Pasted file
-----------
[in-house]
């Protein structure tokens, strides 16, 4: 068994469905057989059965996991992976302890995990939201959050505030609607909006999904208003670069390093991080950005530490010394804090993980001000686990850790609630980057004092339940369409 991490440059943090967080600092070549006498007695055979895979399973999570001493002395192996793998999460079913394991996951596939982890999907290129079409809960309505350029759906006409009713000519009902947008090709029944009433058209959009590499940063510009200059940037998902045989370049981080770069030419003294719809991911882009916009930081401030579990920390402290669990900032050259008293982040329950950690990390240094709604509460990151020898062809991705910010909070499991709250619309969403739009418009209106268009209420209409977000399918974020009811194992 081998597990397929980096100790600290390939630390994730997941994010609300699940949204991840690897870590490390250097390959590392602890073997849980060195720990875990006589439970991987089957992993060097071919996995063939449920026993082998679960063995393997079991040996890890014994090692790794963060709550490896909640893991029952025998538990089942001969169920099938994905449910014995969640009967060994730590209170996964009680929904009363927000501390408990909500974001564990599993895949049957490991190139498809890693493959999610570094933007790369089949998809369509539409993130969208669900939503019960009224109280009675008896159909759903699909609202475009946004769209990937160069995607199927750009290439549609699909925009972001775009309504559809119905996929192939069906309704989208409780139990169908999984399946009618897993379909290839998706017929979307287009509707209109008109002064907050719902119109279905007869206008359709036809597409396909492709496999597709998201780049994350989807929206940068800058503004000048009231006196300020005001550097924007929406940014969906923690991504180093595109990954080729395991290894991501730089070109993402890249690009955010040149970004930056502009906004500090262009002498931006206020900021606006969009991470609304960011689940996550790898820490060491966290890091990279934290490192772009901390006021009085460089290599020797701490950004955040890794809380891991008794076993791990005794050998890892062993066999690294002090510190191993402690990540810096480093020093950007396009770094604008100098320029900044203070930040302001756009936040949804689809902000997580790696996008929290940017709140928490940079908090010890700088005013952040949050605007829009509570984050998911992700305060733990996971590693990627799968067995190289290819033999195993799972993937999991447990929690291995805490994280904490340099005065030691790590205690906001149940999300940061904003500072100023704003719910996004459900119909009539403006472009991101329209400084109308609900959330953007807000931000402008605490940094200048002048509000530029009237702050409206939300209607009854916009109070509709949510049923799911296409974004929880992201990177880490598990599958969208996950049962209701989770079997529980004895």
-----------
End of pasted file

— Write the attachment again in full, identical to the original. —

[in-house]
């Protein structure tokens, strides 16, 4: 068994469905057989059965996991992976302890995990939201959050505030609607909006999904208003670069390093991080950005530490010394804090993980001000686990850790609630980057004092339940369409 991490440059943090967080600092070549006498007695055979895979399973999570001493002395192996793998999460079913394991996951596939982890999907290129079409809960309505350029759906006409009713000519009902947008090709029944009433058209959009590499940063510009200059940037998902045989370049981080770069030419003294719809991911882009916009930081401030579990920390402290669990900032050259008293982040329950950690990390240094709604509460990151020898062809991705910010909070499991709250619309969403739009418009209106268009209420209409977000399918974020009811194992 081998597990397929980096100790600290390939630390994730997941994010609300699940949204991840690897870590490390250097390959590392602890073997849980060195720990875990006589439970991987089957992993060097071919996995063939449920026993082998679960063995393997079991040996890890014994090692790794963060709550490896909640893991029952025998538990089942001969169920099938994905449910014995969640009967060994730590209170996964009680929904009363927000501390408990909500974001564990599993895949049957490991190139498809890693493959999610570094933007790369089949998809369509539409993130969208669900939503019960009224109280009675008896159909759903699909609202475009946004769209990937160069995607199927750009290439549609699909925009972001775009309504559809119905996929192939069906309704989208409780139990169908999984399946009618897993379909290839998706017929979307287009509707209109008109002064907050719902119109279905007869206008359709036809597409396909492709496999597709998201780049994350989807929206940068800058503004000048009231006196300020005001550097924007929406940014969906923690991504180093595109990954080729395991290894991501730089070109993402890249690009955010040149970004930056502009906004500090262009002498931006206020900021606006969009991470609304960011689940996550790898820490060491966290890091990279934290490192772009901390006021009085460089290599020797701490950004955040890794809380891991008794076993791990005794050998890892062993066999690294002090510190191993402690990540810096480093020093950007396009770094604008100098320029900044203070930040302001756009936040949804689809902000997580790696996008929290940017709140928490940079908090010890700088005013952040949050605007829009509570984050998911992700305060733990996971590693990627799968067995190289290819033999195993799972993937999991447990929690291995805490994280904490340099005065030691790590205690906001149940999300940061904003500072100023704003719910996004459900119909009539403006472009991101329209400084109308609900959330953007807000931000402008605490940094200048002048509000530029009237702050409206939300209607009854916009109070509709949510049923799911296409974004929880992201990177880490598990599958969208996950049962209701989770079997529980004895």